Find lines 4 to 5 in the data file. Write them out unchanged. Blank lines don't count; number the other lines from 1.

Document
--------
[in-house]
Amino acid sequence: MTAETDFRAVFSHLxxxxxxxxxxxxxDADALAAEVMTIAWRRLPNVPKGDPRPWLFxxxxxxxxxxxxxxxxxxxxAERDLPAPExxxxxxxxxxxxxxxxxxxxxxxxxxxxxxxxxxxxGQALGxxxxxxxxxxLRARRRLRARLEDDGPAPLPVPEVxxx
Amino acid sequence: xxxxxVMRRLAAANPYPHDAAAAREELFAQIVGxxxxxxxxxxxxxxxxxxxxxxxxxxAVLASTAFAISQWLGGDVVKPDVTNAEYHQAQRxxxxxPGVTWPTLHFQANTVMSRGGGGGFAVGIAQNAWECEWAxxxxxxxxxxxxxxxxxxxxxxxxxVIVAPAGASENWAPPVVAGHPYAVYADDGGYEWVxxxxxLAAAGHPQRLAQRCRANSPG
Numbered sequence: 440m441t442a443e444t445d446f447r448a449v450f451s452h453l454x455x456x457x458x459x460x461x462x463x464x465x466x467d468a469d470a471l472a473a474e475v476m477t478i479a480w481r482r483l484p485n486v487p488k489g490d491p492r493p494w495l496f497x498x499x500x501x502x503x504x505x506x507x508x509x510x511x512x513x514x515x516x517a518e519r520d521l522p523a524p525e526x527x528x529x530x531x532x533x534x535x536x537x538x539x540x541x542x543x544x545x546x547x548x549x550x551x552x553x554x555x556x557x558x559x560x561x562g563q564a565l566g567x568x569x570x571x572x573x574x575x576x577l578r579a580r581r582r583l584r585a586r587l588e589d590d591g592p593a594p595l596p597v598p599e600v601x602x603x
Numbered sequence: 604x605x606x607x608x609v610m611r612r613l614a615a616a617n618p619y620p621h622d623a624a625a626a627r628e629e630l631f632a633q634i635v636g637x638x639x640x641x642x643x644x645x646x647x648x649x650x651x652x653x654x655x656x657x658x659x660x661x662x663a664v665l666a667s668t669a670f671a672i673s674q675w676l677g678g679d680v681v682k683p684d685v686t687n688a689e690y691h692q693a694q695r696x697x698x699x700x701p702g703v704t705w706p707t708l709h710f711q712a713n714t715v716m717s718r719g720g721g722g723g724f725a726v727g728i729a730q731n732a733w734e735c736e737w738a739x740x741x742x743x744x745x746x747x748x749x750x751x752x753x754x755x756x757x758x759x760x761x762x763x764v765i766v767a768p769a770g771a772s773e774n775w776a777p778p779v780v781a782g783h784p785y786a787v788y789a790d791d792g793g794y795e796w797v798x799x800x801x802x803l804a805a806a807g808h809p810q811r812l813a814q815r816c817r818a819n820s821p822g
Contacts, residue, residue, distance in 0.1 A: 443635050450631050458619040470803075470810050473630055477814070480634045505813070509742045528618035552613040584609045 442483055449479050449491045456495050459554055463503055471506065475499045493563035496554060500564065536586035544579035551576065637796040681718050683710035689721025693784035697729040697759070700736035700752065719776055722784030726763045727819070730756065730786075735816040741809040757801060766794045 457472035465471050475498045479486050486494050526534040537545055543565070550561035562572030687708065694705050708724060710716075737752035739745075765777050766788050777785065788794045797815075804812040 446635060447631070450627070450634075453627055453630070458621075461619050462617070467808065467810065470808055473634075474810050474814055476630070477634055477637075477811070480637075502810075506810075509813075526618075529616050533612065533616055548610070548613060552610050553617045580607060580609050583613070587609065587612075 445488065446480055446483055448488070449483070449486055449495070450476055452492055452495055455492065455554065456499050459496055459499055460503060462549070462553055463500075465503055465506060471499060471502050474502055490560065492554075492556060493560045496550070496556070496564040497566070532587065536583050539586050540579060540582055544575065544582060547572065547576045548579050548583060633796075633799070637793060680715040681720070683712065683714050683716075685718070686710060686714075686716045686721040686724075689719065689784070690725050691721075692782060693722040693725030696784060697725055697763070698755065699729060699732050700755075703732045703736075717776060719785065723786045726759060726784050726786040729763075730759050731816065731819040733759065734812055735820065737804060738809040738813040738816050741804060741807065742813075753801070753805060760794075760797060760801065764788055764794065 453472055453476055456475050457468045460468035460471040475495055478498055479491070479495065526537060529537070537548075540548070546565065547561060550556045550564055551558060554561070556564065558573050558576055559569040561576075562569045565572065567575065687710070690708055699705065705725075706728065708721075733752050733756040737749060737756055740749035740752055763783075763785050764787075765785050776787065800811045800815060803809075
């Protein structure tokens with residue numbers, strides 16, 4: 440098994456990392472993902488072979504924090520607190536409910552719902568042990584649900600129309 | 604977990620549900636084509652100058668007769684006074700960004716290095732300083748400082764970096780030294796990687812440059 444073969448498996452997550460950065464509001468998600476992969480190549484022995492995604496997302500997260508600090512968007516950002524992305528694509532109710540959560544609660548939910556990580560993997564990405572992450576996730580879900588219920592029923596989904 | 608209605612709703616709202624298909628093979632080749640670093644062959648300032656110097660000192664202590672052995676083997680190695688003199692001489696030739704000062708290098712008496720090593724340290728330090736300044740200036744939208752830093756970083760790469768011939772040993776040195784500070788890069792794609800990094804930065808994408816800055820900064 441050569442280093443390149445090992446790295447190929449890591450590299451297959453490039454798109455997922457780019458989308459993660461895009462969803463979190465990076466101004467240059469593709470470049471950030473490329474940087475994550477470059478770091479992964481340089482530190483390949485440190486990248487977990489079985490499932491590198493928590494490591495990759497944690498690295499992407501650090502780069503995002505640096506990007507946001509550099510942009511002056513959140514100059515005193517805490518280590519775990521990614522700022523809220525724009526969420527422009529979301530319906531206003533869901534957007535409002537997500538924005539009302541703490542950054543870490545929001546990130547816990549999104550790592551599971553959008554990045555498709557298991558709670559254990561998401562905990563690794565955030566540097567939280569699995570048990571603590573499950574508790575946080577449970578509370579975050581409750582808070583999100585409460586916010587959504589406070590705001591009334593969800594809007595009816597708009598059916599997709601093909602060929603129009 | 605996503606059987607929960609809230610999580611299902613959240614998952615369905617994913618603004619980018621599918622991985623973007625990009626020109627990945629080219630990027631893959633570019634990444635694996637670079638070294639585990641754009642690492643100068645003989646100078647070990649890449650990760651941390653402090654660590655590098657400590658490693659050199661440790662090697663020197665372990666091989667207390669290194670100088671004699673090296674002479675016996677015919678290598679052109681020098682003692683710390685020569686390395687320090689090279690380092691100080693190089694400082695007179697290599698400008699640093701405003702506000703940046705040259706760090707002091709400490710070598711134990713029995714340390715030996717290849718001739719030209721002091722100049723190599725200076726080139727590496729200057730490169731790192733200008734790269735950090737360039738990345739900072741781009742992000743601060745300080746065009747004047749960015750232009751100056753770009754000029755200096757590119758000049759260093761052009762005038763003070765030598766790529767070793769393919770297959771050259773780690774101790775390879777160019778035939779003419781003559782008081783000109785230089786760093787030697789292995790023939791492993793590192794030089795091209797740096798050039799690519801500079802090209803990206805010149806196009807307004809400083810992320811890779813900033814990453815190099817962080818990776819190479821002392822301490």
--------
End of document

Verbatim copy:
Numbered sequence: 440m441t442a443e444t445d446f447r448a449v450f451s452h453l454x455x456x457x458x459x460x461x462x463x464x465x466x467d468a469d470a471l472a473a474e475v476m477t478i479a480w481r482r483l484p485n486v487p488k489g490d491p492r493p494w495l496f497x498x499x500x501x502x503x504x505x506x507x508x509x510x511x512x513x514x515x516x517a518e519r520d521l522p523a524p525e526x527x528x529x530x531x532x533x534x535x536x537x538x539x540x541x542x543x544x545x546x547x548x549x550x551x552x553x554x555x556x557x558x559x560x561x562g563q564a565l566g567x568x569x570x571x572x573x574x575x576x577l578r579a580r581r582r583l584r585a586r587l588e589d590d591g592p593a594p595l596p597v598p599e600v601x602x603x
Numbered sequence: 604x605x606x607x608x609v610m611r612r613l614a615a616a617n618p619y620p621h622d623a624a625a626a627r628e629e630l631f632a633q634i635v636g637x638x639x640x641x642x643x644x645x646x647x648x649x650x651x652x653x654x655x656x657x658x659x660x661x662x663a664v665l666a667s668t669a670f671a672i673s674q675w676l677g678g679d680v681v682k683p684d685v686t687n688a689e690y691h692q693a694q695r696x697x698x699x700x701p702g703v704t705w706p707t708l709h710f711q712a713n714t715v716m717s718r719g720g721g722g723g724f725a726v727g728i729a730q731n732a733w734e735c736e737w738a739x740x741x742x743x744x745x746x747x748x749x750x751x752x753x754x755x756x757x758x759x760x761x762x763x764v765i766v767a768p769a770g771a772s773e774n775w776a777p778p779v780v781a782g783h784p785y786a787v788y789a790d791d792g793g794y795e796w797v798x799x800x801x802x803l804a805a806a807g808h809p810q811r812l813a814q815r816c817r818a819n820s821p822g